Around the holidays, hundreds of lives are lost as a result of drunk driving. On average, 300 Americans die each year in drunk driving accidents between Christmas and New Years. In Wisconsin, as the weather gets colder and the roads ice over, driving becomes more dangerous; when alcohol is involved, it becomes even more so.
Some sobering facts regarding drunk driving:
More than one in three traffic deaths in the U.S. involve a drunk driver.
While rates of drunk driving and alcohol-involved crashes have decreased in recent years, alcohol remains the single greatest driver contributing cause of fatal crashes.
In Wisconsin, 190 people were killed in drunk driving accidents and another 2,900 were injured in 2015 alone.
An average of one person was killed or injured in an alcohol related crash every 2.9 hours on Wisconsin roadways.
In Wisconsin, there were approximately 24,000 drunk driving convictions in 2015.
For drivers with a blood alcohol content (BAC) of 0.15%, the likelihood of being killed in a single-vehicle crash is three times higher than it is for non-drinking drivers.
To begin, it is important to clarify that in Wisconsin drunk driving charges are most often classified as OWI (operating while intoxicated). Even an act as simple as starting your vehicle while intoxicated may be grounds for an OWI. Additionally, OWI charges can apply to any motorized vehicle, not just cars and trucks.
Generally, the first OWI an individual receives is a civil offense, not a criminal one. Nonetheless, the charge can carry with it many consequences including fines and surcharges, mandatory alcohol and drug assessments, and ignition interlock devices for BACs over 0.15 percent. Likewise, the Department of Transportation can revoke your driver’s license and give you a high-risk driver status, which results in increased insurance rates and SR-22 verification.
As the number of OWI convictions grows, the consequences associated with those convictions grow along with it. Once the 4th OWI offense is charged, it is considered an automatic felony. With a felony OWI, penalties include fines up to $10,000, a revocation of your license, and up to 6 years of prison time.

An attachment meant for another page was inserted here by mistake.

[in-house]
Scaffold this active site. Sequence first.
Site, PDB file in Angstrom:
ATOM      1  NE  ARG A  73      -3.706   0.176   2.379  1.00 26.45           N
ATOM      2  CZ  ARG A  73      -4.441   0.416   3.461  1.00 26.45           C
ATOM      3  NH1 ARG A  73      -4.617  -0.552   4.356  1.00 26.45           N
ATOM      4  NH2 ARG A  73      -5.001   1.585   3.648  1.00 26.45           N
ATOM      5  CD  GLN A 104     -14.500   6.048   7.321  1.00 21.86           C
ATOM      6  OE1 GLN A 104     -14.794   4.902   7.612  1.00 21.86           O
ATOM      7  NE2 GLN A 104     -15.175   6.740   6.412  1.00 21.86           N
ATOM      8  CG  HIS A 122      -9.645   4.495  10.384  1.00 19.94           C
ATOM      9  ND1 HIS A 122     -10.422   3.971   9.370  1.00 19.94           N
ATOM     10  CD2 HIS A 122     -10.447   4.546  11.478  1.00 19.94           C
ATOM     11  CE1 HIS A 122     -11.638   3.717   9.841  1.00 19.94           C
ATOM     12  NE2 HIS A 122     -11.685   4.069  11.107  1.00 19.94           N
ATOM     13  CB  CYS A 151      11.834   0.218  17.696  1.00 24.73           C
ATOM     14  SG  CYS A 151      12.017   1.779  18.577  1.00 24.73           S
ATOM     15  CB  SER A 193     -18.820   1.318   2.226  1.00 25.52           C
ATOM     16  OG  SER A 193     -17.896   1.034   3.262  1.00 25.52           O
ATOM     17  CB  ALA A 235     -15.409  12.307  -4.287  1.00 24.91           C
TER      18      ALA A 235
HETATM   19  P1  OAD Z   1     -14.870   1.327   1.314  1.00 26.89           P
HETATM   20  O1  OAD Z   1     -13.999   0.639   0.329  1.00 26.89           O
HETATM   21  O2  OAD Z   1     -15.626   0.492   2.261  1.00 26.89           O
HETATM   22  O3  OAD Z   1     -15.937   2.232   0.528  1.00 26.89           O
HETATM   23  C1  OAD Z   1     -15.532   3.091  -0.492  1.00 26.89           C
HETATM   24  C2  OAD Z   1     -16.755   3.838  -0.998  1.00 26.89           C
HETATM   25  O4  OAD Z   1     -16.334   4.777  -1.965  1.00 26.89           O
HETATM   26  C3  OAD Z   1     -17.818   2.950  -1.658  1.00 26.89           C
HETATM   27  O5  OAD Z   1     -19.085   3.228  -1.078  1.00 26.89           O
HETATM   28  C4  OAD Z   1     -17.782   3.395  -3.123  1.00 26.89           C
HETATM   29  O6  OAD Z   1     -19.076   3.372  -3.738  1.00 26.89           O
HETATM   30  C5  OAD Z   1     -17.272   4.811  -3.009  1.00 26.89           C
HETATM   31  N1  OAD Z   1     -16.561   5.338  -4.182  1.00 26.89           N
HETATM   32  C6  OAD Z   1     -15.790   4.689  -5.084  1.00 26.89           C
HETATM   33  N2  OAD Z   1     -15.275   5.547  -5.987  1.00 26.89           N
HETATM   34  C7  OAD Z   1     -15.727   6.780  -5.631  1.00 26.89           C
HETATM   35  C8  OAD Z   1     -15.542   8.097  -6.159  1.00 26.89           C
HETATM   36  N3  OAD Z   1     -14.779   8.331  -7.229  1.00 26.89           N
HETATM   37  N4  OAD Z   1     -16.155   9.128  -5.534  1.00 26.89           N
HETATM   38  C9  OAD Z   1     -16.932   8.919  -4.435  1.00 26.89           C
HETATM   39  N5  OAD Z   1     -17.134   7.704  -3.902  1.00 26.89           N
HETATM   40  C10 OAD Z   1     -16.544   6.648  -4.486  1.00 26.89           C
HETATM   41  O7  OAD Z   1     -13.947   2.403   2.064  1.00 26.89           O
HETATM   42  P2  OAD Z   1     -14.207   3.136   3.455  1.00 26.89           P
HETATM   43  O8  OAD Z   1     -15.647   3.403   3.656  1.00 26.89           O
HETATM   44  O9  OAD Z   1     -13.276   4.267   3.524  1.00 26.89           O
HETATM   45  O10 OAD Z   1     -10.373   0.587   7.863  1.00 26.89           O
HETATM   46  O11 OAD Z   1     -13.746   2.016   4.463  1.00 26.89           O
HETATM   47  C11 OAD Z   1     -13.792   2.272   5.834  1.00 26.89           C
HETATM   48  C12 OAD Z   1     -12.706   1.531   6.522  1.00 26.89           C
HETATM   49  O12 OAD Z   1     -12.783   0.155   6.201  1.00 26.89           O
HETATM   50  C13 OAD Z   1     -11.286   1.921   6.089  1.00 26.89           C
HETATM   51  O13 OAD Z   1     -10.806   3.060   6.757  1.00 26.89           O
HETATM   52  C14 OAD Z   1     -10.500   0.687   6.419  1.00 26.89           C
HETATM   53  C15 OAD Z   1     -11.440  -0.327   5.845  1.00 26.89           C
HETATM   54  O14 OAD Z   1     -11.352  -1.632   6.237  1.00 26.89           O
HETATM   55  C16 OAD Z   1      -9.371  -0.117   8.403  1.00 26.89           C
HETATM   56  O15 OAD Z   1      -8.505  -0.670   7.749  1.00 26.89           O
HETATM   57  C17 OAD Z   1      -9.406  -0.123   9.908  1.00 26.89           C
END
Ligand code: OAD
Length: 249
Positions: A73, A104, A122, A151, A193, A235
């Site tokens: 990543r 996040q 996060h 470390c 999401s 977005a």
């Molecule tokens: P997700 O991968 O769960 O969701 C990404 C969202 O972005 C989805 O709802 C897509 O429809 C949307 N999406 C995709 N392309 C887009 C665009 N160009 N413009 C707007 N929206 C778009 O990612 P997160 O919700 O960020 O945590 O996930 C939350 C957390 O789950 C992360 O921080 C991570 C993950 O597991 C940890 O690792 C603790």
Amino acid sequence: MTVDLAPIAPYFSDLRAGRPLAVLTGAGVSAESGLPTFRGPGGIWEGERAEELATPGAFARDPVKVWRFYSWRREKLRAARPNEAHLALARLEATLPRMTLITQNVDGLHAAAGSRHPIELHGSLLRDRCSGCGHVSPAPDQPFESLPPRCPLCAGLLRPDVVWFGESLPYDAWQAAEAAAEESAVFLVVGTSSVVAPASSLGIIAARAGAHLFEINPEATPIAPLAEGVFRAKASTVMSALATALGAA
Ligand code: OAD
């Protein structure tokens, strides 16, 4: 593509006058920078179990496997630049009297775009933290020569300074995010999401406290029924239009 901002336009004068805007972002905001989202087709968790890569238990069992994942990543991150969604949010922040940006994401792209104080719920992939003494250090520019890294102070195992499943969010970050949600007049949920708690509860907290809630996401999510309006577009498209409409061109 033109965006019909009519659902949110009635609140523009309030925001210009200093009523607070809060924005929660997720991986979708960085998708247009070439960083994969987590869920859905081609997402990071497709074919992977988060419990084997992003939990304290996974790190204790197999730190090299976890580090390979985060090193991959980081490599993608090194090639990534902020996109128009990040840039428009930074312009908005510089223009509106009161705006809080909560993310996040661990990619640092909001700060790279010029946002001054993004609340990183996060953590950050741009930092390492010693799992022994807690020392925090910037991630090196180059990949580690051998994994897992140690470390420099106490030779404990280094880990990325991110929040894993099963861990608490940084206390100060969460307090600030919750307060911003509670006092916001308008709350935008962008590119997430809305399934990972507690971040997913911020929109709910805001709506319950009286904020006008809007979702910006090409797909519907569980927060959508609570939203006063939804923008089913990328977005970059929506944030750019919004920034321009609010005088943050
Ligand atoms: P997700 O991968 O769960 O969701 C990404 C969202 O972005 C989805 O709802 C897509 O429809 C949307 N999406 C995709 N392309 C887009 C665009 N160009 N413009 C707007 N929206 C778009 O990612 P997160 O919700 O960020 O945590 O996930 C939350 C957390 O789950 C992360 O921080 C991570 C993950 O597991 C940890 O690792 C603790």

Popular television shows often show drivers refusing to take Breathalyzer tests in the hope that their BAC will lower with time, Wisconsin is an implied consent state, meaning that a refusal of a chemical testing of blood, breath, or urine, can result in heavy consequences impacting driving privileges. While it is not a criminal offense to refuse a test, the penalties for refusing a test are actually more severe than the penalty for the first OWI itself. The refusal penalties increase with each OWI offense. For the first offense of refusing a field sobriety or chemical test, the driver’s license is revoked for one year, an ignition interlock device is installed for one year, and a 30-day waiting period to apply for occupational licenses is put in place.
Unfortunately, many people think that nothing can be done when they are charged with an OWI in Wisconsin. They simply give up and accept the charge whether or not they think they deserve it. An attorney may be able to negotiate a reduced charge, mitigate the penalty, or even dismiss the charge entirely.
Some factors that may mitigate or eliminate an OWI charge:
Did the police officer have “reasonable suspicion” that an offense has happened or is happening that would warrant that officer to pull you over?
Was there actually a reason to suspect you of drunk driving? Was there an adequate reason to administer a sobriety test?
Did the police officer administer the correct test and was it administered correctly?
Of course, this all can be avoided by hitching a ride with a designated sober driver, by calling a cab or ride sharing service to get home, or by refusing to get behind the wheel when you’re drunk. However, if you are charged with an OWI, one of our attorneys at Levine Eisberner LLC may be able to help you defend yourself against the charge.